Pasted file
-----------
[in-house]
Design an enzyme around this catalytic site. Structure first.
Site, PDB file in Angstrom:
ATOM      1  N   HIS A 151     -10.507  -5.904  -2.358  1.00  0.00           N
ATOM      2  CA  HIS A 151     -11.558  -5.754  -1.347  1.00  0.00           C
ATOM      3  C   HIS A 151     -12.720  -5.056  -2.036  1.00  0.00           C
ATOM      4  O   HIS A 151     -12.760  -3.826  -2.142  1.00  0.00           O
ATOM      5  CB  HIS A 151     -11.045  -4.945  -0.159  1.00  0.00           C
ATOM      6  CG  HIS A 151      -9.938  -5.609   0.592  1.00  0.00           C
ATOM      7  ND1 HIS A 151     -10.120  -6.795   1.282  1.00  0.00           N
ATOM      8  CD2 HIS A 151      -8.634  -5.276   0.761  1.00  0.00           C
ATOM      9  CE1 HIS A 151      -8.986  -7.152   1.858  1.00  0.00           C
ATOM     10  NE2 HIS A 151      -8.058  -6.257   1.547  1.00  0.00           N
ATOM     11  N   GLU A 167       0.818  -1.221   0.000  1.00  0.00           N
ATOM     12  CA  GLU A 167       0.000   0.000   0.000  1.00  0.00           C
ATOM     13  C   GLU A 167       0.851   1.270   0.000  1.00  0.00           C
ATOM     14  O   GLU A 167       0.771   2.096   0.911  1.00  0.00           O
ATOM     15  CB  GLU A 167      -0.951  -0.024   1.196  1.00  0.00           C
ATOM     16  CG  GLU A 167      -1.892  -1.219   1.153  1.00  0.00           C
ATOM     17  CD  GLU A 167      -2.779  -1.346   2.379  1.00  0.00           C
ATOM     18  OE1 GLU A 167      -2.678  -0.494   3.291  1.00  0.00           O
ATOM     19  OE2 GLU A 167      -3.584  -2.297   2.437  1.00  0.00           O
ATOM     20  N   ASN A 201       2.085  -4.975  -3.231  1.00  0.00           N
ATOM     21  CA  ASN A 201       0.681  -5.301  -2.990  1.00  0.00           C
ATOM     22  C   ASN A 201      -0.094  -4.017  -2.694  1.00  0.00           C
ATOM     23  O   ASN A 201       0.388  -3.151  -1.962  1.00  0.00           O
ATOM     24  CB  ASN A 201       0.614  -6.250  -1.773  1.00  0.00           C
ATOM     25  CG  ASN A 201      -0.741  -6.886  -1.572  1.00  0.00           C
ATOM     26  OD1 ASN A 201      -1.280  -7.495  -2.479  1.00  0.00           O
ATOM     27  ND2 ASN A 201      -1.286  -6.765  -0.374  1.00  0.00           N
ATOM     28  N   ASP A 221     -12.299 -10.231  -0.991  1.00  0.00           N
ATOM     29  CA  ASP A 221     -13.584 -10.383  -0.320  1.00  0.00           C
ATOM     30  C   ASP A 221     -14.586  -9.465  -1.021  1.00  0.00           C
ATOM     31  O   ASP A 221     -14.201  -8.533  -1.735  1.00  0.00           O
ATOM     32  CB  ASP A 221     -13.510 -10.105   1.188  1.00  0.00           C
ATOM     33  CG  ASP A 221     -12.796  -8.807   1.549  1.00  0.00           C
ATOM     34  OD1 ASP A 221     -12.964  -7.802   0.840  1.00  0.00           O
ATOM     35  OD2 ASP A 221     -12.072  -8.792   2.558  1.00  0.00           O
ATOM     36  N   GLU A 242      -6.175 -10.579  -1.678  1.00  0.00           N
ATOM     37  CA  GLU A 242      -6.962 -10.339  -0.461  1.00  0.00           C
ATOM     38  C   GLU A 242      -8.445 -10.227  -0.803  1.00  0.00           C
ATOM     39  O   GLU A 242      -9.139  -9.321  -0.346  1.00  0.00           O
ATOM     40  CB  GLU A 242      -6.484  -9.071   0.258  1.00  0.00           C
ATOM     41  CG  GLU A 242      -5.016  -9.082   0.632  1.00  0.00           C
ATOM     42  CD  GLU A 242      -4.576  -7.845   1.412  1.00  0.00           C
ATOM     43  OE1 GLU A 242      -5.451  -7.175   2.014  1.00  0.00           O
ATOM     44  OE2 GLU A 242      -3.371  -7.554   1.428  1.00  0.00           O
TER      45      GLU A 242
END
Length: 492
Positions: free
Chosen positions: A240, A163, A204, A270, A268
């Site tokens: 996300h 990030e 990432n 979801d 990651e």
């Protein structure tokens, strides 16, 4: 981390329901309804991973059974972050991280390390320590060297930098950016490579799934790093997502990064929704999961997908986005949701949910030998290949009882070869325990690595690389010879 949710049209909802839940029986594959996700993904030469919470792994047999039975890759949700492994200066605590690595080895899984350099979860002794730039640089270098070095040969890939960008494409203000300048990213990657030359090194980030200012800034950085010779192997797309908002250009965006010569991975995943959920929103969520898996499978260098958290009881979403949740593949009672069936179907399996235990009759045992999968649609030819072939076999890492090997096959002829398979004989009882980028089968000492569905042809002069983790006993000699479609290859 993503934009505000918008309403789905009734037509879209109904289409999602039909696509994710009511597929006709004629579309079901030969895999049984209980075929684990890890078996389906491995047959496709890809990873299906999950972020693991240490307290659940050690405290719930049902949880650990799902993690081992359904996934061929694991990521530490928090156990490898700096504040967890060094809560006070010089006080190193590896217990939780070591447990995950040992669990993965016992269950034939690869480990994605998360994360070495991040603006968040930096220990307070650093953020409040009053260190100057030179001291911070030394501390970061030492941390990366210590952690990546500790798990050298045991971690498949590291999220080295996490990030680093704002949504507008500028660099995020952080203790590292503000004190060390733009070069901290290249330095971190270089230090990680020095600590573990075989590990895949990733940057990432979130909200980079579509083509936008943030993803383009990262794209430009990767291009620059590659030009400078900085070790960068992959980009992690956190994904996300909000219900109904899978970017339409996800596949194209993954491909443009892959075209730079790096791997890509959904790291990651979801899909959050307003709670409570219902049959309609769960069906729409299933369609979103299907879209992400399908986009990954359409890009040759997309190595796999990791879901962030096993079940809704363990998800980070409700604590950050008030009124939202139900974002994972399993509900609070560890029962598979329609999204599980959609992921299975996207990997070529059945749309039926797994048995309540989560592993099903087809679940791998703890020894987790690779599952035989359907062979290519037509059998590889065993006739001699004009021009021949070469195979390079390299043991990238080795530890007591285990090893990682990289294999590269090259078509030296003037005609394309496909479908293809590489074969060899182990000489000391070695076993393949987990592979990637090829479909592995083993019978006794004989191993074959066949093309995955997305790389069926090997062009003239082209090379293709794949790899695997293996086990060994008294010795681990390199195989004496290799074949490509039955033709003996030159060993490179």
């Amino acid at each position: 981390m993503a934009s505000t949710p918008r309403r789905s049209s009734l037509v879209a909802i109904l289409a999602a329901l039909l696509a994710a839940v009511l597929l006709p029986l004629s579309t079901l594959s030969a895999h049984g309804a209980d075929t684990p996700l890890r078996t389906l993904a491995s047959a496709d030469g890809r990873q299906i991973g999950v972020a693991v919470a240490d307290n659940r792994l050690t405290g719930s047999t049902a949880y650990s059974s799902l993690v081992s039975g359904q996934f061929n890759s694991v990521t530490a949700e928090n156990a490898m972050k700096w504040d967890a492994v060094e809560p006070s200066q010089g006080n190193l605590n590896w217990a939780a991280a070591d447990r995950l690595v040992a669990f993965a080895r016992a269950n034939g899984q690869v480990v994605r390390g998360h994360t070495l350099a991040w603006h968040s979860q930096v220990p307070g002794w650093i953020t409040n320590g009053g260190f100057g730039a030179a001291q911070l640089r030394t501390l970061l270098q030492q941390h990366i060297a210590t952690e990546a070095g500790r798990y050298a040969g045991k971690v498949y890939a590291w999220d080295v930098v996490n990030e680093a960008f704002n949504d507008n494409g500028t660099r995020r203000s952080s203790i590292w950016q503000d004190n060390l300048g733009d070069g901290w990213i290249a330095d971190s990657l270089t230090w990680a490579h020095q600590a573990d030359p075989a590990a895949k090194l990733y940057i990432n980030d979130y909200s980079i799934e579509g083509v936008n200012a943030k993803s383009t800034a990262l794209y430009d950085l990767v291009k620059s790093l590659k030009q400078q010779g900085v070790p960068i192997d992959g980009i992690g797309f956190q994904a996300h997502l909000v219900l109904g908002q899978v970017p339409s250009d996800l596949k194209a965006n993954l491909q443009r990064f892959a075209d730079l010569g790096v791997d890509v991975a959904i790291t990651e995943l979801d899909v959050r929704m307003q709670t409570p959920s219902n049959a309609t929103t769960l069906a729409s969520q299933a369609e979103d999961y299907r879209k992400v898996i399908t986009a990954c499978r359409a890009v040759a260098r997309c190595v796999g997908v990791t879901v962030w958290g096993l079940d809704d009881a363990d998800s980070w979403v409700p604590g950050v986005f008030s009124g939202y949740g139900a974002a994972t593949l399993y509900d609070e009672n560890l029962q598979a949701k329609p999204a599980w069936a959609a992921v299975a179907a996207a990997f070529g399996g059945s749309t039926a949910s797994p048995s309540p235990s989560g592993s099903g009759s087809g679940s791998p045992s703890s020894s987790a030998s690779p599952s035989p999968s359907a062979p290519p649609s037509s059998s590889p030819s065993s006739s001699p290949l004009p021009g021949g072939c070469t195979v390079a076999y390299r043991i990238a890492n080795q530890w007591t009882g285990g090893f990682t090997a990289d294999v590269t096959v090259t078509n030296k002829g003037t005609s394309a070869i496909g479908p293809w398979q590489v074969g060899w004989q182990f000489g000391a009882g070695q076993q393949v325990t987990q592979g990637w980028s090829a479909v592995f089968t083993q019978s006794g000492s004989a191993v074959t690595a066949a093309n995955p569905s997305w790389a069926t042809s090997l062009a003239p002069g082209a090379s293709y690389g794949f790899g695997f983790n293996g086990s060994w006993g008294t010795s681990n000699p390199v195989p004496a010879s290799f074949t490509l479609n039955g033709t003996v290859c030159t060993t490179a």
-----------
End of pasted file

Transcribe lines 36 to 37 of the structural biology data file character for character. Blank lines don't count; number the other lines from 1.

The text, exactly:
ATOM     33  CG  ASP A 221     -12.796  -8.807   1.549  1.00  0.00           C
ATOM     34  OD1 ASP A 221     -12.964  -7.802   0.840  1.00  0.00           O